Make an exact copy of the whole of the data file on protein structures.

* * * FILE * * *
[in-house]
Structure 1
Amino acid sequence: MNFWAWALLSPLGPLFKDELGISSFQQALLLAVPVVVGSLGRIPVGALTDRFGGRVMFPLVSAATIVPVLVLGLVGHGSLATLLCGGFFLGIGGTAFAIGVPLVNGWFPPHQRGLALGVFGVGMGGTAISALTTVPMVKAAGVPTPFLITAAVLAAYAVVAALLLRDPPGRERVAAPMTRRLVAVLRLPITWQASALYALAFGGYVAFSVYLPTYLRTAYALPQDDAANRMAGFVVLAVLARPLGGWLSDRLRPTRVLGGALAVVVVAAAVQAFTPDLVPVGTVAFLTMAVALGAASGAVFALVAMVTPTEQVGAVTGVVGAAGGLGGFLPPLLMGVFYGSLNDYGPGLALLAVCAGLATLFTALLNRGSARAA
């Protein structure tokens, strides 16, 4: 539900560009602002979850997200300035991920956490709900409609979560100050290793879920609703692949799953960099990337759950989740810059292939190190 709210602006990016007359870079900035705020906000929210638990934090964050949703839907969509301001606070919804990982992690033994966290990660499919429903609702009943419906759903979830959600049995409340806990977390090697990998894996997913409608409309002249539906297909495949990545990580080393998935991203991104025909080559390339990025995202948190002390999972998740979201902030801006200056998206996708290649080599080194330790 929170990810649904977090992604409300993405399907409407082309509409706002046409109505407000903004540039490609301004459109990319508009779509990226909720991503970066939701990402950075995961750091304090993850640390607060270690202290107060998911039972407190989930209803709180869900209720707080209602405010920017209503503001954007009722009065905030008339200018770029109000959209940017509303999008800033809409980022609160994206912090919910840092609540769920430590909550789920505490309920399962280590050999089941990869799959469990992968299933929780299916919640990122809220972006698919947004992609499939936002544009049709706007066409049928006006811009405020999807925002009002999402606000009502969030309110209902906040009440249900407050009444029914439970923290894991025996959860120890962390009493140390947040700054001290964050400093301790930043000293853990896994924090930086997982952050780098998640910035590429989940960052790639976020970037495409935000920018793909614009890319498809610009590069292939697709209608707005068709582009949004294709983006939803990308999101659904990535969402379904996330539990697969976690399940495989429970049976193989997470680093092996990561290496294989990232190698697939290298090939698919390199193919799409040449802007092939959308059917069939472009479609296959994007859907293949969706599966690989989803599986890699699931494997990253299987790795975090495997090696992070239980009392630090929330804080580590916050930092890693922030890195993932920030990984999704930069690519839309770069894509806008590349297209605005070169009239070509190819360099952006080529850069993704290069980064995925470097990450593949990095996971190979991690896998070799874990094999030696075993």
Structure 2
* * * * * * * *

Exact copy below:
[in-house]
Structure 1
Amino acid sequence: MNFWAWALLSPLGPLFKDELGISSFQQALLLAVPVVVGSLGRIPVGALTDRFGGRVMFPLVSAATIVPVLVLGLVGHGSLATLLCGGFFLGIGGTAFAIGVPLVNGWFPPHQRGLALGVFGVGMGGTAISALTTVPMVKAAGVPTPFLITAAVLAAYAVVAALLLRDPPGRERVAAPMTRRLVAVLRLPITWQASALYALAFGGYVAFSVYLPTYLRTAYALPQDDAANRMAGFVVLAVLARPLGGWLSDRLRPTRVLGGALAVVVVAAAVQAFTPDLVPVGTVAFLTMAVALGAASGAVFALVAMVTPTEQVGAVTGVVGAAGGLGGFLPPLLMGVFYGSLNDYGPGLALLAVCAGLATLFTALLNRGSARAA
């Protein structure tokens, strides 16, 4: 539900560009602002979850997200300035991920956490709900409609979560100050290793879920609703692949799953960099990337759950989740810059292939190190 709210602006990016007359870079900035705020906000929210638990934090964050949703839907969509301001606070919804990982992690033994966290990660499919429903609702009943419906759903979830959600049995409340806990977390090697990998894996997913409608409309002249539906297909495949990545990580080393998935991203991104025909080559390339990025995202948190002390999972998740979201902030801006200056998206996708290649080599080194330790 929170990810649904977090992604409300993405399907409407082309509409706002046409109505407000903004540039490609301004459109990319508009779509990226909720991503970066939701990402950075995961750091304090993850640390607060270690202290107060998911039972407190989930209803709180869900209720707080209602405010920017209503503001954007009722009065905030008339200018770029109000959209940017509303999008800033809409980022609160994206912090919910840092609540769920430590909550789920505490309920399962280590050999089941990869799959469990992968299933929780299916919640990122809220972006698919947004992609499939936002544009049709706007066409049928006006811009405020999807925002009002999402606000009502969030309110209902906040009440249900407050009444029914439970923290894991025996959860120890962390009493140390947040700054001290964050400093301790930043000293853990896994924090930086997982952050780098998640910035590429989940960052790639976020970037495409935000920018793909614009890319498809610009590069292939697709209608707005068709582009949004294709983006939803990308999101659904990535969402379904996330539990697969976690399940495989429970049976193989997470680093092996990561290496294989990232190698697939290298090939698919390199193919799409040449802007092939959308059917069939472009479609296959994007859907293949969706599966690989989803599986890699699931494997990253299987790795975090495997090696992070239980009392630090929330804080580590916050930092890693922030890195993932920030990984999704930069690519839309770069894509806008590349297209605005070169009239070509190819360099952006080529850069993704290069980064995925470097990450593949990095996971190979991690896998070799874990094999030696075993």
Structure 2